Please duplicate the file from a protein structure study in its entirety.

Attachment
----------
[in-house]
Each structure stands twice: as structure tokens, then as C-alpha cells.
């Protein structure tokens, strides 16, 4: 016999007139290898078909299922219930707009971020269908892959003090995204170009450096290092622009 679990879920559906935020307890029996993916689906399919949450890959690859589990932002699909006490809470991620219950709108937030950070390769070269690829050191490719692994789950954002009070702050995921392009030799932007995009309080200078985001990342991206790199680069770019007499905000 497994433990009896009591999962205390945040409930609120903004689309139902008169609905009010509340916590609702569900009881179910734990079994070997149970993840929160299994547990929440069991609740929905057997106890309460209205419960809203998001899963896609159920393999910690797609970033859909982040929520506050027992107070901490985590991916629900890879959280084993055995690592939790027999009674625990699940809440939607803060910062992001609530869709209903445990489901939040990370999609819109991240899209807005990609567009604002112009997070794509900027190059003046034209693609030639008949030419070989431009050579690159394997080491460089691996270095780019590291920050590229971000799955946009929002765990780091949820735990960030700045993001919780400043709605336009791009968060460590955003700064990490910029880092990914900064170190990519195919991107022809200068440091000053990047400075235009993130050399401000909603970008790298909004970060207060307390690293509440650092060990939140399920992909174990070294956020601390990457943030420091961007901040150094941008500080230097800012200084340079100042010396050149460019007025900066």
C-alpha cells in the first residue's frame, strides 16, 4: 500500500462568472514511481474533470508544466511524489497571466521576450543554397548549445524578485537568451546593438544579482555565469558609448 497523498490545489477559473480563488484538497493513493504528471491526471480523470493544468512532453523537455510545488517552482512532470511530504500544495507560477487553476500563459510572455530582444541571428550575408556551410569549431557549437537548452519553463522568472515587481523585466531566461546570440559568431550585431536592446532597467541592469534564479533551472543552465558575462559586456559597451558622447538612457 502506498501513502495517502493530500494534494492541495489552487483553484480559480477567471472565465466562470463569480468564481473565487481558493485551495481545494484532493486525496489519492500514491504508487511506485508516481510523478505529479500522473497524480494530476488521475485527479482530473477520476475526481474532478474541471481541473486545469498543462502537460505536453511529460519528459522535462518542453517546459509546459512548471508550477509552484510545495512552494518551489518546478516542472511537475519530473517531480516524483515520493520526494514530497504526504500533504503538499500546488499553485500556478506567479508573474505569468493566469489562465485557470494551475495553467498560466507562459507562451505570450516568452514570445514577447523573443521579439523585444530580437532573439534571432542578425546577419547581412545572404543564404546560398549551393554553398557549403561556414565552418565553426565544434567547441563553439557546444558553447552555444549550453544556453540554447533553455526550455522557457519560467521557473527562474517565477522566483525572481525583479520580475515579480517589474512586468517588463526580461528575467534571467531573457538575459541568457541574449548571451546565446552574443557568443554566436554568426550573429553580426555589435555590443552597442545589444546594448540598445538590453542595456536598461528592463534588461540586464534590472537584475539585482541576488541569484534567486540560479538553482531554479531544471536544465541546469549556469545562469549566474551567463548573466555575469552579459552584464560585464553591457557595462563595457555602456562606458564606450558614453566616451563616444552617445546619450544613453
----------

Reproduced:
[in-house]
Each structure stands twice: as structure tokens, then as C-alpha cells.
């Protein structure tokens, strides 16, 4: 016999007139290898078909299922219930707009971020269908892959003090995204170009450096290092622009 679990879920559906935020307890029996993916689906399919949450890959690859589990932002699909006490809470991620219950709108937030950070390769070269690829050191490719692994789950954002009070702050995921392009030799932007995009309080200078985001990342991206790199680069770019007499905000 497994433990009896009591999962205390945040409930609120903004689309139902008169609905009010509340916590609702569900009881179910734990079994070997149970993840929160299994547990929440069991609740929905057997106890309460209205419960809203998001899963896609159920393999910690797609970033859909982040929520506050027992107070901490985590991916629900890879959280084993055995690592939790027999009674625990699940809440939607803060910062992001609530869709209903445990489901939040990370999609819109991240899209807005990609567009604002112009997070794509900027190059003046034209693609030639008949030419070989431009050579690159394997080491460089691996270095780019590291920050590229971000799955946009929002765990780091949820735990960030700045993001919780400043709605336009791009968060460590955003700064990490910029880092990914900064170190990519195919991107022809200068440091000053990047400075235009993130050399401000909603970008790298909004970060207060307390690293509440650092060990939140399920992909174990070294956020601390990457943030420091961007901040150094941008500080230097800012200084340079100042010396050149460019007025900066």
C-alpha cells in the first residue's frame, strides 16, 4: 500500500462568472514511481474533470508544466511524489497571466521576450543554397548549445524578485537568451546593438544579482555565469558609448 497523498490545489477559473480563488484538497493513493504528471491526471480523470493544468512532453523537455510545488517552482512532470511530504500544495507560477487553476500563459510572455530582444541571428550575408556551410569549431557549437537548452519553463522568472515587481523585466531566461546570440559568431550585431536592446532597467541592469534564479533551472543552465558575462559586456559597451558622447538612457 502506498501513502495517502493530500494534494492541495489552487483553484480559480477567471472565465466562470463569480468564481473565487481558493485551495481545494484532493486525496489519492500514491504508487511506485508516481510523478505529479500522473497524480494530476488521475485527479482530473477520476475526481474532478474541471481541473486545469498543462502537460505536453511529460519528459522535462518542453517546459509546459512548471508550477509552484510545495512552494518551489518546478516542472511537475519530473517531480516524483515520493520526494514530497504526504500533504503538499500546488499553485500556478506567479508573474505569468493566469489562465485557470494551475495553467498560466507562459507562451505570450516568452514570445514577447523573443521579439523585444530580437532573439534571432542578425546577419547581412545572404543564404546560398549551393554553398557549403561556414565552418565553426565544434567547441563553439557546444558553447552555444549550453544556453540554447533553455526550455522557457519560467521557473527562474517565477522566483525572481525583479520580475515579480517589474512586468517588463526580461528575467534571467531573457538575459541568457541574449548571451546565446552574443557568443554566436554568426550573429553580426555589435555590443552597442545589444546594448540598445538590453542595456536598461528592463534588461540586464534590472537584475539585482541576488541569484534567486540560479538553482531554479531544471536544465541546469549556469545562469549566474551567463548573466555575469552579459552584464560585464553591457557595462563595457555602456562606458564606450558614453566616451563616444552617445546619450544613453